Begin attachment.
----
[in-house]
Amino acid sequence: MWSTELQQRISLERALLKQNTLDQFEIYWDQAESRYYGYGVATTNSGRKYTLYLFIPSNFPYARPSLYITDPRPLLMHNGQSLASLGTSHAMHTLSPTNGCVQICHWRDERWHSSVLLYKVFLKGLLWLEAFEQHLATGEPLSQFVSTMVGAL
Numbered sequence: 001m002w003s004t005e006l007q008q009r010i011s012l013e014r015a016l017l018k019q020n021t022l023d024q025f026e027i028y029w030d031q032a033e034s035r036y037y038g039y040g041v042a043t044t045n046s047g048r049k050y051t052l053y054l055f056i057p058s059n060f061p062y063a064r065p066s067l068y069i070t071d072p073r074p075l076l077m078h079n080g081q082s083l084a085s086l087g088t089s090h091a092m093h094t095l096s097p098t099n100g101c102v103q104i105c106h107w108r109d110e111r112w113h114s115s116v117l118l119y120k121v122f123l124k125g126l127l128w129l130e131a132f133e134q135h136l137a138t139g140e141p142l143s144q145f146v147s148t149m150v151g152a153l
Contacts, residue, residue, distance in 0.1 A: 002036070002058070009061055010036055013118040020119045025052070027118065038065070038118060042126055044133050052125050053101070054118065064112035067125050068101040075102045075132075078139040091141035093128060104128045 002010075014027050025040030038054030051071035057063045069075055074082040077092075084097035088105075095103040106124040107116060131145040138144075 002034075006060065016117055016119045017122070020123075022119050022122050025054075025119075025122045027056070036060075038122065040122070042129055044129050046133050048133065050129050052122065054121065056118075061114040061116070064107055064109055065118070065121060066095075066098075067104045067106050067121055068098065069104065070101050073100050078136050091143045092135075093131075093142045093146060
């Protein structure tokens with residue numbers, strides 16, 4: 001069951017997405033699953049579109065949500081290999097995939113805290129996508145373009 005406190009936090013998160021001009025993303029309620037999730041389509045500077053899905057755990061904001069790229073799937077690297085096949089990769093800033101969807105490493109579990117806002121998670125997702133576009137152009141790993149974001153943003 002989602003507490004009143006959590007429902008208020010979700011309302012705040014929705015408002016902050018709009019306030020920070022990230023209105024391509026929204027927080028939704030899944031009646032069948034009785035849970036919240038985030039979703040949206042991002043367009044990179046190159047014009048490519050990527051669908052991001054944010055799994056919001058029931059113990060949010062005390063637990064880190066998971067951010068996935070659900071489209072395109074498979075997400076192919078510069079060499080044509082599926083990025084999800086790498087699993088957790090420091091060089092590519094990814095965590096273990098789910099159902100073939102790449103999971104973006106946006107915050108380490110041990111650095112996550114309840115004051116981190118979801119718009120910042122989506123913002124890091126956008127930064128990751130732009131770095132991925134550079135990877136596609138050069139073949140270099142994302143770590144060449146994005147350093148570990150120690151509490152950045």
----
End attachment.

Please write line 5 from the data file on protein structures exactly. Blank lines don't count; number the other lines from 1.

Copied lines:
């Protein structure tokens with residue numbers, strides 16, 4: 001069951017997405033699953049579109065949500081290999097995939113805290129996508145373009 005406190009936090013998160021001009025993303029309620037999730041389509045500077053899905057755990061904001069790229073799937077690297085096949089990769093800033101969807105490493109579990117806002121998670125997702133576009137152009141790993149974001153943003 002989602003507490004009143006959590007429902008208020010979700011309302012705040014929705015408002016902050018709009019306030020920070022990230023209105024391509026929204027927080028939704030899944031009646032069948034009785035849970036919240038985030039979703040949206042991002043367009044990179046190159047014009048490519050990527051669908052991001054944010055799994056919001058029931059113990060949010062005390063637990064880190066998971067951010068996935070659900071489209072395109074498979075997400076192919078510069079060499080044509082599926083990025084999800086790498087699993088957790090420091091060089092590519094990814095965590096273990098789910099159902100073939102790449103999971104973006106946006107915050108380490110041990111650095112996550114309840115004051116981190118979801119718009120910042122989506123913002124890091126956008127930064128990751130732009131770095132991925134550079135990877136596609138050069139073949140270099142994302143770590144060449146994005147350093148570990150120690151509490152950045």